California Lunch Bowl Recipe

California Lunch Bowl Allison Day Modern Lunch Cookbook Review food blog

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While writing this book, I finally ventured to California, and it became a new “happy place” for me. Gjusta, a bakery and restaurant in Venice Beach, California, has a grain bowl that played with temperature, texture, and flavour in a way I’d never experienced before and needed to recreate immediately upon my return home. The soft egg in this bowl, like the one I enjoyed at Gjusta, marries with the lightest, clearest dressing for an expression of modern healthy eating that I believe anyone can get behind.


  • 1 Tbsp distilled white vinegar
  • 2 large eggs
  • 2 cups cooked brown rice (page 241) or quinoa (page 242), preferably warm
  • 2 cups shredded romaine lettuce
  • 1⁄4 bulb fennel, shaved
  • 1 avocado, halved, peeled, and sliced
  • 2 Tbsp extra-virgin olive oil 1 Tbsp balsamic vinegar Salt
  • Ground black pepper
  • 1 tsp minced fresh red Thai chili
  • 2 Tbsp dukkah (page 168)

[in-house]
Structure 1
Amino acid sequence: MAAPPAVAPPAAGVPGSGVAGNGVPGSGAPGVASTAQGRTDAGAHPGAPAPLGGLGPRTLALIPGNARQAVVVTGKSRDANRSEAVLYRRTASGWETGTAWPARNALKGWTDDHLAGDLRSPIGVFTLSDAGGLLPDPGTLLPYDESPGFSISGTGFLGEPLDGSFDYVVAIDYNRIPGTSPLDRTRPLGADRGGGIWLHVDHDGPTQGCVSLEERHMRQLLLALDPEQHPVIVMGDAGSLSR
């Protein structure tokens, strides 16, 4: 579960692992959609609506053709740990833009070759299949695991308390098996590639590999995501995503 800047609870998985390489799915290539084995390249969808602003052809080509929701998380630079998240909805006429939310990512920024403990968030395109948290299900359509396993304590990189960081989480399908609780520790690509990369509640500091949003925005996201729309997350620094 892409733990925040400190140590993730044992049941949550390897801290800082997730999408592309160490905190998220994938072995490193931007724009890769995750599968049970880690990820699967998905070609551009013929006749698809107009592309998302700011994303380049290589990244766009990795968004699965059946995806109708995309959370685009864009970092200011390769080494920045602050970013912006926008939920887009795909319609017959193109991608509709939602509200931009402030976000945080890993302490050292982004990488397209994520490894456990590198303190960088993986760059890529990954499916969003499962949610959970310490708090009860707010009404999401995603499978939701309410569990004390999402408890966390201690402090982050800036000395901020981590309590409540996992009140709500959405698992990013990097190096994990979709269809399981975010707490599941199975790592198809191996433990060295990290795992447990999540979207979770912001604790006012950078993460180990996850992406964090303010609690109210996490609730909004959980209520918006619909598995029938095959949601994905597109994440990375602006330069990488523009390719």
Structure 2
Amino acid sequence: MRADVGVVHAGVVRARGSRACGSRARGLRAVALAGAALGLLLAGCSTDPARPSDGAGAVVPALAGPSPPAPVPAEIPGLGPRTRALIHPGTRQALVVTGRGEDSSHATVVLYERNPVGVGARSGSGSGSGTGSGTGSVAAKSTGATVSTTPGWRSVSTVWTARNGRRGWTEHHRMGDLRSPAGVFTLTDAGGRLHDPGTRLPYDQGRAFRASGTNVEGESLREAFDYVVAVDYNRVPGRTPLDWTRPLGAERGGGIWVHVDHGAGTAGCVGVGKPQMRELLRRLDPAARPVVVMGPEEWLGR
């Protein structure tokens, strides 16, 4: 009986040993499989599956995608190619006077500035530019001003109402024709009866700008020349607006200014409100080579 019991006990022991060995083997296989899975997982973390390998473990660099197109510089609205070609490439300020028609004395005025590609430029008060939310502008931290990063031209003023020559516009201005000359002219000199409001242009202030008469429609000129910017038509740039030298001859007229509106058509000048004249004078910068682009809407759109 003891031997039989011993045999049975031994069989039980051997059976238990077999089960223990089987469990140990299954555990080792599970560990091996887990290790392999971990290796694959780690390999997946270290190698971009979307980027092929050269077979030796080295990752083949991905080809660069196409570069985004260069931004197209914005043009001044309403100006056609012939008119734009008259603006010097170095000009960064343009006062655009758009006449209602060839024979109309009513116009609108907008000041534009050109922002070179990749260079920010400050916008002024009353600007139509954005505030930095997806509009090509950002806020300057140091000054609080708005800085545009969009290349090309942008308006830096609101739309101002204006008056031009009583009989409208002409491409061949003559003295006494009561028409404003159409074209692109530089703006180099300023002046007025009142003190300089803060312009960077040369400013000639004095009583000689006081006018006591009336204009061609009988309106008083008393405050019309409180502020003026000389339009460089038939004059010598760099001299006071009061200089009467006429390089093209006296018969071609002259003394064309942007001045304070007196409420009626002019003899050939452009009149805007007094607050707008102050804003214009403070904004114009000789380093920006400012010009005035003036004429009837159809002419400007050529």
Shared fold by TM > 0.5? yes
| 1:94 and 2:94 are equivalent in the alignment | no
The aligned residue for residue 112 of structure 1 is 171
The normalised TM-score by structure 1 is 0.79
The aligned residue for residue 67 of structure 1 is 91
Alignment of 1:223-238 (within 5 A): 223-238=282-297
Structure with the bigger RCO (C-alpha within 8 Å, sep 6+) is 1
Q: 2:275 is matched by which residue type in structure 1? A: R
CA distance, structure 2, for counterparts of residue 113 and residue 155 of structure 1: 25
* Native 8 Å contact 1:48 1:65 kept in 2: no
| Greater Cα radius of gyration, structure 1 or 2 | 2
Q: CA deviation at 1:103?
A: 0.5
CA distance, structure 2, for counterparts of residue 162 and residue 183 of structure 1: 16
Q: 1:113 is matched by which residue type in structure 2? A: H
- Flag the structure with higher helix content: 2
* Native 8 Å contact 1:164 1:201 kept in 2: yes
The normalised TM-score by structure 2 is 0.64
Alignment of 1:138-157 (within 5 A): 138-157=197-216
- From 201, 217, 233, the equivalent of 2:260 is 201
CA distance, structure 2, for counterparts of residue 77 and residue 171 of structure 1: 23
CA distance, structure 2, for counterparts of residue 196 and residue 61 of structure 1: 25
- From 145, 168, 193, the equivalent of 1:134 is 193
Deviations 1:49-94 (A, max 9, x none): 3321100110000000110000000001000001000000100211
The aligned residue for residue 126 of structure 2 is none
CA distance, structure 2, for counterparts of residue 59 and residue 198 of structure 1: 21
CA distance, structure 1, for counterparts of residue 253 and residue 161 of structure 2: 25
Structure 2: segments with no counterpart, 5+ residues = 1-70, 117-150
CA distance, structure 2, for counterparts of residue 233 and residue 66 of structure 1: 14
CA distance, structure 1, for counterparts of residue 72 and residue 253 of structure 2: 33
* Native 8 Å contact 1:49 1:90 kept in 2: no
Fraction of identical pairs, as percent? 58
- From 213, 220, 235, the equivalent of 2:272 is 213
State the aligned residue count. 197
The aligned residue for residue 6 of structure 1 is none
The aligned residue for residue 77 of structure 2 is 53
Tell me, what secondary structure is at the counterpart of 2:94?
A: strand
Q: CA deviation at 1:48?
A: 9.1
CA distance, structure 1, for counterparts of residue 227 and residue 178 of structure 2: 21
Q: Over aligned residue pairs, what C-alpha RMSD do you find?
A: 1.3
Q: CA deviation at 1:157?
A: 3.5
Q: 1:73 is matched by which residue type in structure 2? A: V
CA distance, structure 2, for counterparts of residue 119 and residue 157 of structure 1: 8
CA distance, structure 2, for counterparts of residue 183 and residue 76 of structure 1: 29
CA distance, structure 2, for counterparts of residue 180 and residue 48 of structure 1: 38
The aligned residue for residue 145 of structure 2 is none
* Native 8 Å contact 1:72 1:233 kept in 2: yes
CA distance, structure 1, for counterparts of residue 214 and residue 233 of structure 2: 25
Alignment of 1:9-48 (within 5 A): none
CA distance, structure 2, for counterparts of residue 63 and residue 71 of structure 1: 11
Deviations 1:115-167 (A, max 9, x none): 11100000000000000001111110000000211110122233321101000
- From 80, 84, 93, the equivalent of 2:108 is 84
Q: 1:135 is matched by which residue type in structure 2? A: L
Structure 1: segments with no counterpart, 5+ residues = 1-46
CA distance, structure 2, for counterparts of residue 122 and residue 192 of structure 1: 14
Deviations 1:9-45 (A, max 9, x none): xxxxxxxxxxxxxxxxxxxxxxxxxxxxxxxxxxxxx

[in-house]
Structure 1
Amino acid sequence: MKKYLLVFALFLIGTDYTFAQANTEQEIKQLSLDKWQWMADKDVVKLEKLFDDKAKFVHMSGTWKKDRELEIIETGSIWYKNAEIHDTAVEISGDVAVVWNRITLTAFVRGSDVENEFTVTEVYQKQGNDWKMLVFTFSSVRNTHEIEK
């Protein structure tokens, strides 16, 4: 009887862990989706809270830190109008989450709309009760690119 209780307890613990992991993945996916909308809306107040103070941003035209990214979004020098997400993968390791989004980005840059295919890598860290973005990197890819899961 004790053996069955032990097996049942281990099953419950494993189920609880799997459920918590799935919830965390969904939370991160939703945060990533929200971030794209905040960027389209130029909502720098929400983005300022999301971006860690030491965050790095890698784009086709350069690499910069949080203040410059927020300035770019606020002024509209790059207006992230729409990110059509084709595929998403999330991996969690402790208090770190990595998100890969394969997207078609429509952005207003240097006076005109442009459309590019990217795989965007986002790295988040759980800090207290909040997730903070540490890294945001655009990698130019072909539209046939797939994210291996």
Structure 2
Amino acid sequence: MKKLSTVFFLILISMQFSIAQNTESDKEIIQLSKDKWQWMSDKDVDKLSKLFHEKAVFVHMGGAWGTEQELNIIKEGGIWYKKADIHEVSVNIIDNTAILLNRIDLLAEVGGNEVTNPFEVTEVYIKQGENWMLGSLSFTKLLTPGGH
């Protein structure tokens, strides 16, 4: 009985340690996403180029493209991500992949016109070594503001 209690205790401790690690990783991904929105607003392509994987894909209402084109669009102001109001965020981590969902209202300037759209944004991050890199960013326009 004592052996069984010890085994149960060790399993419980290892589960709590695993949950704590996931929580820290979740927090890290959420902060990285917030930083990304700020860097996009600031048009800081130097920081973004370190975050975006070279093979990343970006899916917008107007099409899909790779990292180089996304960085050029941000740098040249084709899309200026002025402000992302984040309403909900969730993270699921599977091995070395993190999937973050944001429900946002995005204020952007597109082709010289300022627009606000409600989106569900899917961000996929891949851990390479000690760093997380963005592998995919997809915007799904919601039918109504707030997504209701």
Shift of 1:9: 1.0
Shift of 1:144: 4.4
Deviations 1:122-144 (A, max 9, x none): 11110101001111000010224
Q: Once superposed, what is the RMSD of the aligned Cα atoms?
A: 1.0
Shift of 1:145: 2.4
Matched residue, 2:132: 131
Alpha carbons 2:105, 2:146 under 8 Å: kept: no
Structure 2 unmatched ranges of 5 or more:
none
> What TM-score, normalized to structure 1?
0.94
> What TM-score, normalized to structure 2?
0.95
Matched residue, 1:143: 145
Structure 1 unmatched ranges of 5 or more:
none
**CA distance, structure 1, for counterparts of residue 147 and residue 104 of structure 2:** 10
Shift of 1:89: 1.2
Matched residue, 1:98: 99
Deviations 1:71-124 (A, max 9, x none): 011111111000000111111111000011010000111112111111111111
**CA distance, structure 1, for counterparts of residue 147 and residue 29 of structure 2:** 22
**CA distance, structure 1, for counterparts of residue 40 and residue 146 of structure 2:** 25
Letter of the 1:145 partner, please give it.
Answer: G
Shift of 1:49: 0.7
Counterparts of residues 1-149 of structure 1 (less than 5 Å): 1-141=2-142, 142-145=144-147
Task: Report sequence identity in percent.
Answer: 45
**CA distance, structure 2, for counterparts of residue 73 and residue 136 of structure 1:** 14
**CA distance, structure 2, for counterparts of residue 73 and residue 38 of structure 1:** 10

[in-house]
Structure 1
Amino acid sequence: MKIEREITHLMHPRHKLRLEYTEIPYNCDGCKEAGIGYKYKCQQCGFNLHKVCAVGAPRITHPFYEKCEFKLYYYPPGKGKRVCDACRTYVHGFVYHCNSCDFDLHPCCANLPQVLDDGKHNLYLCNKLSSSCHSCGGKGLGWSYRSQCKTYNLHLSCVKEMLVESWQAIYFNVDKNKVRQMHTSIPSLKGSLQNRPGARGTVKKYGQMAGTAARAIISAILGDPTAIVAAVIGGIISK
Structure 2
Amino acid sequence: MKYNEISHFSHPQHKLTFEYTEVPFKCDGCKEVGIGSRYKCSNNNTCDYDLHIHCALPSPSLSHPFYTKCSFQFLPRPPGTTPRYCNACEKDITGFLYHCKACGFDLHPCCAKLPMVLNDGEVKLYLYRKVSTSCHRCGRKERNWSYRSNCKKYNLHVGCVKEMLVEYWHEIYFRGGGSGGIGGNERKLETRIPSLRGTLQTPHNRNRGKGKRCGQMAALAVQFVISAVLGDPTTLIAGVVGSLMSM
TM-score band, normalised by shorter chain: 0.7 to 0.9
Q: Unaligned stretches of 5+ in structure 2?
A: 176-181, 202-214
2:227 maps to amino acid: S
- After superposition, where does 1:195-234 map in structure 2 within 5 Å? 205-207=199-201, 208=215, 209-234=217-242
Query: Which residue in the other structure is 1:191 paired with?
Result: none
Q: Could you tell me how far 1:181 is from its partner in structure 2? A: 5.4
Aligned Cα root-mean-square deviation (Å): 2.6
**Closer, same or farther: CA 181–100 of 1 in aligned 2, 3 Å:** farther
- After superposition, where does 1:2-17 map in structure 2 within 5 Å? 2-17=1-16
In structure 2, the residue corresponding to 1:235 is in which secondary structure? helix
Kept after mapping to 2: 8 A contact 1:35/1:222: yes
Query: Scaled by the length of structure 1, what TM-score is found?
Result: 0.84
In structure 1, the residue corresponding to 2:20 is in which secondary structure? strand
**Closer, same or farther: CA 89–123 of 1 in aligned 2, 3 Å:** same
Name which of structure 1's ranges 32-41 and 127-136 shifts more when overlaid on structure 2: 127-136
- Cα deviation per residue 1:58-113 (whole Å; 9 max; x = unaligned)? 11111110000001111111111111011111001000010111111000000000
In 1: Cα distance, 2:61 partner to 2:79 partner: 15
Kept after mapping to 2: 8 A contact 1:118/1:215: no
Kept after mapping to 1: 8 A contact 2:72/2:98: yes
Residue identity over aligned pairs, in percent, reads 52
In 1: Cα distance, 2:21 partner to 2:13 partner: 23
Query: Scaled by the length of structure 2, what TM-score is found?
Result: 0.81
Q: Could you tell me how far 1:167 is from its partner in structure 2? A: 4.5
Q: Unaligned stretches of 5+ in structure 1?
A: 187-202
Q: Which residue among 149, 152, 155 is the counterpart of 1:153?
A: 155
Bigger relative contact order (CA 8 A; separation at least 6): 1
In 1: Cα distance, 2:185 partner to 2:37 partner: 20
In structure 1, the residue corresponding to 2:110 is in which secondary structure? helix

• 1⁄4 cup chopped fresh cilantro


  1. For the poached eggs, fill a small skillet two-thirds full of water. Add the white vinegar, bring the water to a boil, and crack in the eggs. Immediately remove from the heat and cover for 7 minutes. If you are taking this to go, use a hard-boiled egg (page 238) instead of a poached egg.
  2. To assemble, to serving bowls, add the rice, romaine, fennel, and avocado. Season with the olive oil, balsamic vinegar, salt and pepper to taste, and chili. Top with the dukkah and cilantro. Remove the egg from the water with a slotted spoon, draining as much water as possible; place on top of the rice. Toss, allowing the yolk to become part of the dressing, and enjoy. If you are packing this to go, assemble your bowl in a container replacing the poached egg with a peeled hard-boiled egg. Seal and refrigerate until you are ready to take it with you, and keep it refrigerated at work or chilled with a cooler pack until you are ready to eat.


To keep avocado from browning, concentrate the olive oil and balsamic vinegar on the avocado flesh, and then sprinkle dukkah over top to cover. This assembly trick keeps oxidation to a minimum.

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